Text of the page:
In the segments about Robson and Safechuck’s mothers, Leaving Neverland suggests that the parents of the four people who’ve accused Jackson of abuse share a lot in common. They all exhibited a readiness to manipulate their sons for profit, making them both exploitative and easy to exploit. The Jackson estate has used this common thread to argue that all the families are lying, that there’s a pattern of swindlers trying to extort money with malicious lawsuits. But it’s much more likely that Jackson specifically targeted boys whose families proved willing to use their sons as conduits for personal gain. In fact, those were probably the only boys to whom he had sustained access: ones whose parents took outsize steps to get their kids in front of Jackson, who accepted his invitations to Neverland, and who went along with his pleading requests to let the boys sleep in his room and be his “traveling companions” on tour. It would be no surprise to a serial sexual abuser that the very thing that put these boys at risk would also make them and their families seem less than credible to a jury and the general public.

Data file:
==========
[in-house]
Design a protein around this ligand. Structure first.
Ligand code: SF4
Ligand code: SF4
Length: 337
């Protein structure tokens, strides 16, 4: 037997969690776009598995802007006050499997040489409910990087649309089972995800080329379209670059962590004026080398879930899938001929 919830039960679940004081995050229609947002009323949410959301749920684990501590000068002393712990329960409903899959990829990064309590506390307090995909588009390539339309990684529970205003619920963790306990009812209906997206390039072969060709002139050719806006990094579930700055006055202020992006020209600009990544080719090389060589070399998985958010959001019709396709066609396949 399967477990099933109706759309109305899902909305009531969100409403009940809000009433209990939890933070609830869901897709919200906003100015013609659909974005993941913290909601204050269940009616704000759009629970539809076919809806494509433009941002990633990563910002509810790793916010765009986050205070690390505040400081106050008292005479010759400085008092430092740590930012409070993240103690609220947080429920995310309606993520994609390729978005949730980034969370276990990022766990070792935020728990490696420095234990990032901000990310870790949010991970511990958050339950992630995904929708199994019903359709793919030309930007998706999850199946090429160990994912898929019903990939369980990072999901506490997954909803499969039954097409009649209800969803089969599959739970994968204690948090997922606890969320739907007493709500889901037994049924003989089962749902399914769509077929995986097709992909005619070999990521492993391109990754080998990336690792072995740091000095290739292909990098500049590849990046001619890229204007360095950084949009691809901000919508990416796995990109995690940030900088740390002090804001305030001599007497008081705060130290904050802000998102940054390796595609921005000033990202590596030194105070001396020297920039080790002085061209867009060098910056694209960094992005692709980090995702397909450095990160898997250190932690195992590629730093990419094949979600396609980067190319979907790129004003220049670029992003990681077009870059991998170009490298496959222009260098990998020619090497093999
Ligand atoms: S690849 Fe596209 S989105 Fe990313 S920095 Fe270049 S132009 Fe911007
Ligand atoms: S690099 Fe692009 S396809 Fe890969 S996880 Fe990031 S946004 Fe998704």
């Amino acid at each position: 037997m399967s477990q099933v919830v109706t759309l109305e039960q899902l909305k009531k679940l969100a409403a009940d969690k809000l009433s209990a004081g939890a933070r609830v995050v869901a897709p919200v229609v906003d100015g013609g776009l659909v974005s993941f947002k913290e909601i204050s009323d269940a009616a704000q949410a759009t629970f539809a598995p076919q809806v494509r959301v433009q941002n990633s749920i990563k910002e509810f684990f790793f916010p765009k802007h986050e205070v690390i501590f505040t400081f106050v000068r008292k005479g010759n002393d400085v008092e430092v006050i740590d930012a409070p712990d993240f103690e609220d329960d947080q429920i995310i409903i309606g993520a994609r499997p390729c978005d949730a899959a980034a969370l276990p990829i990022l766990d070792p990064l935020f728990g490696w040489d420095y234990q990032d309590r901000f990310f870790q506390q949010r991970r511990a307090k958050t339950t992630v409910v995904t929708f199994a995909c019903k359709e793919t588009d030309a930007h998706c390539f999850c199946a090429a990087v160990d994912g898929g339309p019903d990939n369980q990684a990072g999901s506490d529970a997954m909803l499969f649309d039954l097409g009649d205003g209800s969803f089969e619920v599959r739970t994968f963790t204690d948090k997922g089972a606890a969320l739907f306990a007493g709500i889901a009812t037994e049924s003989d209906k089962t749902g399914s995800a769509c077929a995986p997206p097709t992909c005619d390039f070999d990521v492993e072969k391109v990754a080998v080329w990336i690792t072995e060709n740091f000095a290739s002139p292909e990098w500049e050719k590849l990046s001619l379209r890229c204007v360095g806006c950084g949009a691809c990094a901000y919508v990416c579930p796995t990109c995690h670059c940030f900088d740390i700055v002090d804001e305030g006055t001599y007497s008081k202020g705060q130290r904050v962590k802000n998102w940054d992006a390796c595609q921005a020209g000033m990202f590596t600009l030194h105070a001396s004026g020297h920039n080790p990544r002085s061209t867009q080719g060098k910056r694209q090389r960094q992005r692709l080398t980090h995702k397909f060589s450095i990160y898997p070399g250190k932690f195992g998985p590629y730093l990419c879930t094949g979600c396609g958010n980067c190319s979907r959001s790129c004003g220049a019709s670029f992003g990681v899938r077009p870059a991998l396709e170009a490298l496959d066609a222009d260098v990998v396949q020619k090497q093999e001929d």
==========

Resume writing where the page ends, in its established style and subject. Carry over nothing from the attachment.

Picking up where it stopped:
Had Leaving Neverland leaned into the reasons why Chandler and Arvizo’s accounts were waved away, it could have better clarified Jackson’s alleged pattern of abuse and kept the doubts that poisoned those cases from tainting perceptions of Robson and Safechuck. In the film, Robson’s sister admits through tears that she once made the same out-for-money arguments against Chandler and Arvizo that people now make against her brother, and that the guilt tears her apart. But without explaining why those arguments took hold, Leaving Neverland falls short of dismantling them.